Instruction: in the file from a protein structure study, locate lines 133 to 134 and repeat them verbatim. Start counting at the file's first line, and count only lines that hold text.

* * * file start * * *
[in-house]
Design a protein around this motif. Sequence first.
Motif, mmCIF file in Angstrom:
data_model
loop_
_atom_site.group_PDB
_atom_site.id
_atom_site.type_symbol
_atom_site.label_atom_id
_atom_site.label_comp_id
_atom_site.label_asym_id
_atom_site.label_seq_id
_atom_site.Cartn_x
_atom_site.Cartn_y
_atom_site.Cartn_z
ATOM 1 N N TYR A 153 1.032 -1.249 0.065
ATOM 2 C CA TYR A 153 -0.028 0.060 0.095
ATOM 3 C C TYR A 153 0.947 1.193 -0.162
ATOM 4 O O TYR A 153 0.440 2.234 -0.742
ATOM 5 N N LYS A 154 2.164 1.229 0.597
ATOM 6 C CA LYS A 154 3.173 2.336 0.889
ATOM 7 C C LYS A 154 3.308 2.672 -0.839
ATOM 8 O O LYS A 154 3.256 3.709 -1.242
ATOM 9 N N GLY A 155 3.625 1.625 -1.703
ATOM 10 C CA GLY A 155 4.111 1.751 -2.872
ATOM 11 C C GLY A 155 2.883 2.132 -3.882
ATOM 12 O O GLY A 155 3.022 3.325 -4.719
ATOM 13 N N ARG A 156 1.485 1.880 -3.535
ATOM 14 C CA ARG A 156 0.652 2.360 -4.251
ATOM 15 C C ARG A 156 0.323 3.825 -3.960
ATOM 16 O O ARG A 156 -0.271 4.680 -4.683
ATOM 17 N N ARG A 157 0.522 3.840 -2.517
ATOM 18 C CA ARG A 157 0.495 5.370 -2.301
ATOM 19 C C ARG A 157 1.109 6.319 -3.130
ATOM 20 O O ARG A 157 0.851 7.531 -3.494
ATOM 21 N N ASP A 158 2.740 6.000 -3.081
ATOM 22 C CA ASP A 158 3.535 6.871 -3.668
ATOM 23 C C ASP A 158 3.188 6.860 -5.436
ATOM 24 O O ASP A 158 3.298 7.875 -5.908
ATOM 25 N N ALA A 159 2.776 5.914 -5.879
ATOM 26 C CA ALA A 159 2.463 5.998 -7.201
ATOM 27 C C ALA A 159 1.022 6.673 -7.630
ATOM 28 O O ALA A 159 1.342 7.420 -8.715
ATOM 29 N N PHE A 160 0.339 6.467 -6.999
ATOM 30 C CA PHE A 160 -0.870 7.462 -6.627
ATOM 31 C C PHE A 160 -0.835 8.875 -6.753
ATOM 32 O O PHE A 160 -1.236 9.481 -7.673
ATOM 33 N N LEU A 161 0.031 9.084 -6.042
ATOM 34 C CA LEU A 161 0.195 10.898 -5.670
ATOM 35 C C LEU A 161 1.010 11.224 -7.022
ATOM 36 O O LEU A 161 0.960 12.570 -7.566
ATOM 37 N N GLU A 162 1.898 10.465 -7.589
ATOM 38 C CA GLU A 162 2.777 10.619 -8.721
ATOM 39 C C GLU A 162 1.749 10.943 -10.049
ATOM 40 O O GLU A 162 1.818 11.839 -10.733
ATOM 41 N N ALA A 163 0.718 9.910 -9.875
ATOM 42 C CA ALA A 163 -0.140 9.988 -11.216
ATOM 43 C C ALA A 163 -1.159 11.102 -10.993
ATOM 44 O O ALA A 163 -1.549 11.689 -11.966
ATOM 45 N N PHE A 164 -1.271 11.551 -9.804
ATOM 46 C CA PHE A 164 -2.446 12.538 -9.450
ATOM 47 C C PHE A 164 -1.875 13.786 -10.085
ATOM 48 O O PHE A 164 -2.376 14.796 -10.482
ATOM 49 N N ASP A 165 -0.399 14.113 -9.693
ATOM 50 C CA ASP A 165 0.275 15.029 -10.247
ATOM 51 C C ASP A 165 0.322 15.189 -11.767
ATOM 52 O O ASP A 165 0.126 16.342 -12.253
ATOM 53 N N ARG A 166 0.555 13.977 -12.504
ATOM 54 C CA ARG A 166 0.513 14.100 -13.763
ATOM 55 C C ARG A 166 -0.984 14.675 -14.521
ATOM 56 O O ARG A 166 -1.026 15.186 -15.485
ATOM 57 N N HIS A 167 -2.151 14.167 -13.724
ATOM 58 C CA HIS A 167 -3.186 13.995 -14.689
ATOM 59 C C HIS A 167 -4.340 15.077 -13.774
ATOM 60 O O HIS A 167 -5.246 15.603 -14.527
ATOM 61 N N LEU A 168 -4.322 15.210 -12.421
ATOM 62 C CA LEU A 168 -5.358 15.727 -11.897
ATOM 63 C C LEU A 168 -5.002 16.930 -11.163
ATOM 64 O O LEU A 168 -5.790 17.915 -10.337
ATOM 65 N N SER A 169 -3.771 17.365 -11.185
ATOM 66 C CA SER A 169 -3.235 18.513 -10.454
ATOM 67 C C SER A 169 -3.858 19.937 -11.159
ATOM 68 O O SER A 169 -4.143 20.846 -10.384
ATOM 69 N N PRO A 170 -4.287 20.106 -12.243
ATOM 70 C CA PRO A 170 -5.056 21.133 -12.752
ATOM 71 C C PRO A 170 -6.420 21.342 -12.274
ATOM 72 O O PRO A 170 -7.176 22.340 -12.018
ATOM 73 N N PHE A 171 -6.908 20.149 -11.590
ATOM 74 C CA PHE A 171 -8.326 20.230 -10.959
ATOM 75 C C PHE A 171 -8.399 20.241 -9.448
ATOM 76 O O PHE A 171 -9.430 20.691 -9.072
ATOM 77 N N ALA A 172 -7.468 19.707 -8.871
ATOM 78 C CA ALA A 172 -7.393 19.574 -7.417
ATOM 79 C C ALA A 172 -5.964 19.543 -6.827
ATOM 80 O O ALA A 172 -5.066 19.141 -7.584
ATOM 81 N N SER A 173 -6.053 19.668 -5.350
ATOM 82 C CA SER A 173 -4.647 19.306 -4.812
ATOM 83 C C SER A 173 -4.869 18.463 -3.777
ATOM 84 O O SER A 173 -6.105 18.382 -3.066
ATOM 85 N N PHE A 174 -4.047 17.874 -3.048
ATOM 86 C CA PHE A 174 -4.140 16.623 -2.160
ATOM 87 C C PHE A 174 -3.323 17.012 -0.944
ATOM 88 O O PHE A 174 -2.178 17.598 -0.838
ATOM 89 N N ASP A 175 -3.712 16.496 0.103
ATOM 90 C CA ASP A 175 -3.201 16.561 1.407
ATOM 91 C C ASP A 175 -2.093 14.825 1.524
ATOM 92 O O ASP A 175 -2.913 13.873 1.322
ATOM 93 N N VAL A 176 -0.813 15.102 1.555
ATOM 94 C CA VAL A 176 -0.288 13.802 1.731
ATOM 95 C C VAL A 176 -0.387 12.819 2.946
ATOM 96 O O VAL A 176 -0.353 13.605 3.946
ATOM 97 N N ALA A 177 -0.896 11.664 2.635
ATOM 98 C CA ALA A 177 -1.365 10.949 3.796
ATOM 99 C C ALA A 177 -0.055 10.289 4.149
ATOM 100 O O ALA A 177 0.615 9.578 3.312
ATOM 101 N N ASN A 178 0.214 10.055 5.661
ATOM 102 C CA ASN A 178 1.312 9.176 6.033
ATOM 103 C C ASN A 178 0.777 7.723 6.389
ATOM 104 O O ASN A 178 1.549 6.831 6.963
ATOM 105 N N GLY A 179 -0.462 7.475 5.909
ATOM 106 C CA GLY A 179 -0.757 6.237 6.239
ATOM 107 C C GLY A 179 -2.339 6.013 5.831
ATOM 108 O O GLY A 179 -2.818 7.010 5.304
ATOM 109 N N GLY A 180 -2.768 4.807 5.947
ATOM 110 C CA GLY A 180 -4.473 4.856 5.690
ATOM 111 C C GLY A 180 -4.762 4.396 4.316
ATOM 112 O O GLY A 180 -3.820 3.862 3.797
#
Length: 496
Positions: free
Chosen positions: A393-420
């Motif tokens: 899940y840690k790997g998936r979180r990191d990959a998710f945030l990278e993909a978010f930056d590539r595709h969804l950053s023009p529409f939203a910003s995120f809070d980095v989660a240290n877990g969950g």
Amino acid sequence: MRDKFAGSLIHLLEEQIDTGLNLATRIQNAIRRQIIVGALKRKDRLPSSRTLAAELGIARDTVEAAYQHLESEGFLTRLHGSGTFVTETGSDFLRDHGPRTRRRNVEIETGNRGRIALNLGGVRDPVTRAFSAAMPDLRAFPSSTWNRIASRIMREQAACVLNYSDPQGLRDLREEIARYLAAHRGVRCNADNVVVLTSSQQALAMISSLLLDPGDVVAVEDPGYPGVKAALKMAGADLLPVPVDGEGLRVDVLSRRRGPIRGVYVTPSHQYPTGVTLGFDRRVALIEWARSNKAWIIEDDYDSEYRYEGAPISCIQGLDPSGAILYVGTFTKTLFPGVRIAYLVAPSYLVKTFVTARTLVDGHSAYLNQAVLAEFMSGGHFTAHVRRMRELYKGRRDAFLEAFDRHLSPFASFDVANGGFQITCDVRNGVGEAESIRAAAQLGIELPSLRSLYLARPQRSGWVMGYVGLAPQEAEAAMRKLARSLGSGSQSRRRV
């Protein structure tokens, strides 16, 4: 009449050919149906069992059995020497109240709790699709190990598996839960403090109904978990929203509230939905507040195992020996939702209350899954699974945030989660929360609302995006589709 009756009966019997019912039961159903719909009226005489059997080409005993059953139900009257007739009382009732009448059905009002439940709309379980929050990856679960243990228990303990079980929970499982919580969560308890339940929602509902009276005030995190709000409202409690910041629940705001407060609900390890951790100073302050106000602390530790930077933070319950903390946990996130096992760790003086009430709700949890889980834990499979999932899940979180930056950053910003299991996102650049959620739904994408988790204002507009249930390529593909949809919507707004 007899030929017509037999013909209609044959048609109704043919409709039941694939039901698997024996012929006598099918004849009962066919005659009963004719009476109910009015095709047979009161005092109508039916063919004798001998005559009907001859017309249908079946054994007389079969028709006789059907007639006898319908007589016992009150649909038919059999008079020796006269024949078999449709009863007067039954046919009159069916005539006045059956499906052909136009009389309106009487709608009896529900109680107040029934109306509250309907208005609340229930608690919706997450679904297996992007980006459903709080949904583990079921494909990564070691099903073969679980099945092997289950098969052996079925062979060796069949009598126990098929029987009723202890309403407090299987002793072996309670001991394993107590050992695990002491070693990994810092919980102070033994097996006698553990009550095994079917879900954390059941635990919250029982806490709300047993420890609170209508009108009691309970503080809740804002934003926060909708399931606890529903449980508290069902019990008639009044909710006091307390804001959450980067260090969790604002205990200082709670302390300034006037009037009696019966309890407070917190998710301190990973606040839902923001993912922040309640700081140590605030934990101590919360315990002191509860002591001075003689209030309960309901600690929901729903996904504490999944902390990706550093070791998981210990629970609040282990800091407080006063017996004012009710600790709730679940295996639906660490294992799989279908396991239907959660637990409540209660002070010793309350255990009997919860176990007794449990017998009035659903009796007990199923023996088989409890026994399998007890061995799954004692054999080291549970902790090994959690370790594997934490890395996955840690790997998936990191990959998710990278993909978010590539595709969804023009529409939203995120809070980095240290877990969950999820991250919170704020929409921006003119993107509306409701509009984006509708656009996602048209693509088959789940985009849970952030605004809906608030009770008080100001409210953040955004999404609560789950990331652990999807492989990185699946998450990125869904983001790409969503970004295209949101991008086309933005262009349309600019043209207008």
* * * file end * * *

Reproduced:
Amino acid sequence: MRDKFAGSLIHLLEEQIDTGLNLATRIQNAIRRQIIVGALKRKDRLPSSRTLAAELGIARDTVEAAYQHLESEGFLTRLHGSGTFVTETGSDFLRDHGPRTRRRNVEIETGNRGRIALNLGGVRDPVTRAFSAAMPDLRAFPSSTWNRIASRIMREQAACVLNYSDPQGLRDLREEIARYLAAHRGVRCNADNVVVLTSSQQALAMISSLLLDPGDVVAVEDPGYPGVKAALKMAGADLLPVPVDGEGLRVDVLSRRRGPIRGVYVTPSHQYPTGVTLGFDRRVALIEWARSNKAWIIEDDYDSEYRYEGAPISCIQGLDPSGAILYVGTFTKTLFPGVRIAYLVAPSYLVKTFVTARTLVDGHSAYLNQAVLAEFMSGGHFTAHVRRMRELYKGRRDAFLEAFDRHLSPFASFDVANGGFQITCDVRNGVGEAESIRAAAQLGIELPSLRSLYLARPQRSGWVMGYVGLAPQEAEAAMRKLARSLGSGSQSRRRV
């Protein structure tokens, strides 16, 4: 009449050919149906069992059995020497109240709790699709190990598996839960403090109904978990929203509230939905507040195992020996939702209350899954699974945030989660929360609302995006589709 009756009966019997019912039961159903719909009226005489059997080409005993059953139900009257007739009382009732009448059905009002439940709309379980929050990856679960243990228990303990079980929970499982919580969560308890339940929602509902009276005030995190709000409202409690910041629940705001407060609900390890951790100073302050106000602390530790930077933070319950903390946990996130096992760790003086009430709700949890889980834990499979999932899940979180930056950053910003299991996102650049959620739904994408988790204002507009249930390529593909949809919507707004 007899030929017509037999013909209609044959048609109704043919409709039941694939039901698997024996012929006598099918004849009962066919005659009963004719009476109910009015095709047979009161005092109508039916063919004798001998005559009907001859017309249908079946054994007389079969028709006789059907007639006898319908007589016992009150649909038919059999008079020796006269024949078999449709009863007067039954046919009159069916005539006045059956499906052909136009009389309106009487709608009896529900109680107040029934109306509250309907208005609340229930608690919706997450679904297996992007980006459903709080949904583990079921494909990564070691099903073969679980099945092997289950098969052996079925062979060796069949009598126990098929029987009723202890309403407090299987002793072996309670001991394993107590050992695990002491070693990994810092919980102070033994097996006698553990009550095994079917879900954390059941635990919250029982806490709300047993420890609170209508009108009691309970503080809740804002934003926060909708399931606890529903449980508290069902019990008639009044909710006091307390804001959450980067260090969790604002205990200082709670302390300034006037009037009696019966309890407070917190998710301190990973606040839902923001993912922040309640700081140590605030934990101590919360315990002191509860002591001075003689209030309960309901600690929901729903996904504490999944902390990706550093070791998981210990629970609040282990800091407080006063017996004012009710600790709730679940295996639906660490294992799989279908396991239907959660637990409540209660002070010793309350255990009997919860176990007794449990017998009035659903009796007990199923023996088989409890026994399998007890061995799954004692054999080291549970902790090994959690370790594997934490890395996955840690790997998936990191990959998710990278993909978010590539595709969804023009529409939203995120809070980095240290877990969950999820991250919170704020929409921006003119993107509306409701509009984006509708656009996602048209693509088959789940985009849970952030605004809906608030009770008080100001409210953040955004999404609560789950990331652990999807492989990185699946998450990125869904983001790409969503970004295209949101991008086309933005262009349309600019043209207008």